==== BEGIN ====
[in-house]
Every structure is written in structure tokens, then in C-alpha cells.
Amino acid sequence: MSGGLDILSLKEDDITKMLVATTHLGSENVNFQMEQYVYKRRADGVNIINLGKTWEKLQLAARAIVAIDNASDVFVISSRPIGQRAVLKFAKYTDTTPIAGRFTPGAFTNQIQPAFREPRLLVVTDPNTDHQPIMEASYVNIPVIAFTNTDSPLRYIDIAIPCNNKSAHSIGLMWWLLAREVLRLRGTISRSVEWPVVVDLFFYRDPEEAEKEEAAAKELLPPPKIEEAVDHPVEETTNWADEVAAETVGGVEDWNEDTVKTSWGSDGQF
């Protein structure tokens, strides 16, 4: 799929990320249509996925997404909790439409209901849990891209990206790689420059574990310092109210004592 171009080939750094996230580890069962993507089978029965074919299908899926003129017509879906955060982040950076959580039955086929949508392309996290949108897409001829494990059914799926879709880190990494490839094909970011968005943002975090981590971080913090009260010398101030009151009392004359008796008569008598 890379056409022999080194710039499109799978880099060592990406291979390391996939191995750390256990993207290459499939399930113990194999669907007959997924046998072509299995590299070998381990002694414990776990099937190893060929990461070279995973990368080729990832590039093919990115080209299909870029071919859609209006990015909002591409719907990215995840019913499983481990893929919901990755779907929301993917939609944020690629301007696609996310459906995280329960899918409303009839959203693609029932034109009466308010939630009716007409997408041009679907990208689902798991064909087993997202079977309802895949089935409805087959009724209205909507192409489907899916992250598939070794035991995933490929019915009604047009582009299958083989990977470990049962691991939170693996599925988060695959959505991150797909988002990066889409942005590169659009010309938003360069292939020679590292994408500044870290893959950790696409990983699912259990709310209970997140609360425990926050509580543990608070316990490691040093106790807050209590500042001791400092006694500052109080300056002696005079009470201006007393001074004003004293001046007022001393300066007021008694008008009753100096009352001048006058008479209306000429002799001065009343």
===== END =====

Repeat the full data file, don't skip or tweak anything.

[in-house]
Every structure is written in structure tokens, then in C-alpha cells.
Amino acid sequence: MSGGLDILSLKEDDITKMLVATTHLGSENVNFQMEQYVYKRRADGVNIINLGKTWEKLQLAARAIVAIDNASDVFVISSRPIGQRAVLKFAKYTDTTPIAGRFTPGAFTNQIQPAFREPRLLVVTDPNTDHQPIMEASYVNIPVIAFTNTDSPLRYIDIAIPCNNKSAHSIGLMWWLLAREVLRLRGTISRSVEWPVVVDLFFYRDPEEAEKEEAAAKELLPPPKIEEAVDHPVEETTNWADEVAAETVGGVEDWNEDTVKTSWGSDGQF
């Protein structure tokens, strides 16, 4: 799929990320249509996925997404909790439409209901849990891209990206790689420059574990310092109210004592 171009080939750094996230580890069962993507089978029965074919299908899926003129017509879906955060982040950076959580039955086929949508392309996290949108897409001829494990059914799926879709880190990494490839094909970011968005943002975090981590971080913090009260010398101030009151009392004359008796008569008598 890379056409022999080194710039499109799978880099060592990406291979390391996939191995750390256990993207290459499939399930113990194999669907007959997924046998072509299995590299070998381990002694414990776990099937190893060929990461070279995973990368080729990832590039093919990115080209299909870029071919859609209006990015909002591409719907990215995840019913499983481990893929919901990755779907929301993917939609944020690629301007696609996310459906995280329960899918409303009839959203693609029932034109009466308010939630009716007409997408041009679907990208689902798991064909087993997202079977309802895949089935409805087959009724209205909507192409489907899916992250598939070794035991995933490929019915009604047009582009299958083989990977470990049962691991939170693996599925988060695959959505991150797909988002990066889409942005590169659009010309938003360069292939020679590292994408500044870290893959950790696409990983699912259990709310209970997140609360425990926050509580543990608070316990490691040093106790807050209590500042001791400092006694500052109080300056002696005079009470201006007393001074004003004293001046007022001393300066007021008694008008009753100096009352001048006058008479209306000429002799001065009343």